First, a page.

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A Muslim Christmas

December 31, 2017

It’s a simple question:  why isn’t there a Muslim Christmas?  It could be a mid-winter holiday, equivalent to Christmas.  Wouldn’t it be in the spirt of the things we all say at a Christmas holiday party?

Peace on earth.  Good will to all men.

Of course, a mid-winter holiday is limited to locations on earth that actually have winter.  This holiday generally came from a previous tradition, usually from thousands of years ago.  Conditions for a mid-winter holiday were only right in Europe.  In European cultures, Christianity replaced the mid-winter holiday with Christmas.

Even though Christianity originated in Palestine, when it spread to Europe, conditions were right for Christmas.  Europeans already had a mid-winter festival.  The replacement, Christmas, was a minor holy day.  Easter is the holiest day of the Christian calendar, symbolizing rebirth and redemption.  Christmas has been commercialized, making it a major secular holiday now.  Europeans also used a solar calendar, with Christmas occurring on a fixed day of that calendar.

What about hanukkah?  Of course, there’s no winter in the middle east, where Judiasm began.  Hanukkah is an ancient religious festival, unrelated to winter or Christmas.  Until recently, it was a minor holy day.  It does happen to occur in December, although it wanders throughout the month because of their lunar-solar calendar.  It does coincide with northern winter.  Sometimes it even coincides with Christmas.  Because of that timing, hanukkah has been adopted as the Jewish Christmas by some people.

There’s Kwanzaa too, even though there’s no winter in Africa.  Kwanzaa was created recently, in the USA.  It’s not widely celebrated.  There were hundreds of tribes in Africa, each with their own distictive culture.  Kwanzaa was intended to unify black people in the USA, people who are decended from African slaves, people who were torn from their original culture.  To some extent, it’s become the Christmas celebration for black people.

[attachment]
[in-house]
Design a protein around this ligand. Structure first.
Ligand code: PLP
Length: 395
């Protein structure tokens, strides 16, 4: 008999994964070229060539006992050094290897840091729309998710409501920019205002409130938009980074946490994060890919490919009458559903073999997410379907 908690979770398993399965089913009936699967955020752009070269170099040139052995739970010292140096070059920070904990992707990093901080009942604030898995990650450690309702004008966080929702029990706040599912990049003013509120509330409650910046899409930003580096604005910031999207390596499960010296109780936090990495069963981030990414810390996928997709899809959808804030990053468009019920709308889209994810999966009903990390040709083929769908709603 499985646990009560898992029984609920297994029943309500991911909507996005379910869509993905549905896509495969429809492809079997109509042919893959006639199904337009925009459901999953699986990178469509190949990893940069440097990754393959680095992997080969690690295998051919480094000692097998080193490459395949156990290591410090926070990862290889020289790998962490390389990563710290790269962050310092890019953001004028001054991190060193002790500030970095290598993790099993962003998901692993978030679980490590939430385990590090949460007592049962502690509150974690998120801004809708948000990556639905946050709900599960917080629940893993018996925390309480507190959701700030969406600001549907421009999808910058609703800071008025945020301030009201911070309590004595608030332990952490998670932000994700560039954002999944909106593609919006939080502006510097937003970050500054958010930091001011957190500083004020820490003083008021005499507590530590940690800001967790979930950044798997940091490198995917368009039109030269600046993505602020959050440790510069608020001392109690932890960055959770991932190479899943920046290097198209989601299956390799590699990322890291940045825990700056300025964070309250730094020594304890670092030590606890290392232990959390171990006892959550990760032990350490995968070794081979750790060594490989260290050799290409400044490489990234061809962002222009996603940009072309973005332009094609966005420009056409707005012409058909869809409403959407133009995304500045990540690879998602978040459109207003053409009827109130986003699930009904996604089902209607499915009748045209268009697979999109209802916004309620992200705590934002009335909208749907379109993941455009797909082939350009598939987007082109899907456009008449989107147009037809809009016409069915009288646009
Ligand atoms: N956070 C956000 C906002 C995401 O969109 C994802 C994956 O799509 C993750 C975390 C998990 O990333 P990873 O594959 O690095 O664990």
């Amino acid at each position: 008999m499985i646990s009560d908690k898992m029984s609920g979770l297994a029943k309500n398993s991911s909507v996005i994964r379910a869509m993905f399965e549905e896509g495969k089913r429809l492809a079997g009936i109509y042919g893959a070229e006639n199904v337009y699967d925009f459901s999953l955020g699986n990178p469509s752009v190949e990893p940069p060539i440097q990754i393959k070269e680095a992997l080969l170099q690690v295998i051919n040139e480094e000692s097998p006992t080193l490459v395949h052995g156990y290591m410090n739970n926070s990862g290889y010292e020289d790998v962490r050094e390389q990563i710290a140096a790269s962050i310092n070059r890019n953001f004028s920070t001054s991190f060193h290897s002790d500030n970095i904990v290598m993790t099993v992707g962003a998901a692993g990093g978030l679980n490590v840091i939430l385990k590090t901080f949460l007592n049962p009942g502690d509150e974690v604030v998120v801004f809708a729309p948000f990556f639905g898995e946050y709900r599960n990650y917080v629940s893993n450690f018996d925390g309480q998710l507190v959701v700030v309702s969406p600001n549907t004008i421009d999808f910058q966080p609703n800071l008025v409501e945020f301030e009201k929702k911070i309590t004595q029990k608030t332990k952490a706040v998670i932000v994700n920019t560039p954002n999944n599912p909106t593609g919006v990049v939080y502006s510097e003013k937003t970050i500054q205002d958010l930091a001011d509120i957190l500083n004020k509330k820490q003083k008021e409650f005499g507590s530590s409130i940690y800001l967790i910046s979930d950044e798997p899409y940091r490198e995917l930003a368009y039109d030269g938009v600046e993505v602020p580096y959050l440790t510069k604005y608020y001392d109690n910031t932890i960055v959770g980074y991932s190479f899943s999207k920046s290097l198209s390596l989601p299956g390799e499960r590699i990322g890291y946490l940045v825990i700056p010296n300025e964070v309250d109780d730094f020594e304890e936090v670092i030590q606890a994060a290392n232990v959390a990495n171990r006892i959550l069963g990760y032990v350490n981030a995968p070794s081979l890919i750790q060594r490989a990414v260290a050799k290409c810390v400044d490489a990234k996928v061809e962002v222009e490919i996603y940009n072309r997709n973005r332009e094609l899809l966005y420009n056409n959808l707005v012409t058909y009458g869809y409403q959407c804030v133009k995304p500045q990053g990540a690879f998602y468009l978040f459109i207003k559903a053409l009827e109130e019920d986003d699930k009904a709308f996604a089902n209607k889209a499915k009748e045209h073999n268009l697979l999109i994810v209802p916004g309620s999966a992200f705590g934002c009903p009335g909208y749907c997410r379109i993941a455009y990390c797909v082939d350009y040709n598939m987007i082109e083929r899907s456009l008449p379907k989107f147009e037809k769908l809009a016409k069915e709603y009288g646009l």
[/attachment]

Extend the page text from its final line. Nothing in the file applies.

Can’t we do the same thing for Muslims?  First of all, there’s no winter in Arabia, where Islam began.  Secondly, there’s no existing holy day that can be used.  All of the Muslim holy days migrate year by year.  This behavior is a result of their lunar calendar.  For the same reason, festival days of earlier traditions also migrate across the European solar calendar.  There cannot be a Muslim Christmas.

In reality, Christmas is a Christian holiday.  It has been heavily commercialized.  Still, it can be a religious holiday, with Christian symbols and religious Christmas carols.  Of course, some Christmas celebrations are not very religious, just like some Christmas carols can be completely non-religious.  We certainly can welcome people from other cultures to a Christmas holiday party.  They may be uncomfortable in a Christian setting, but we can still open our arms, and our hearts, to them.

 

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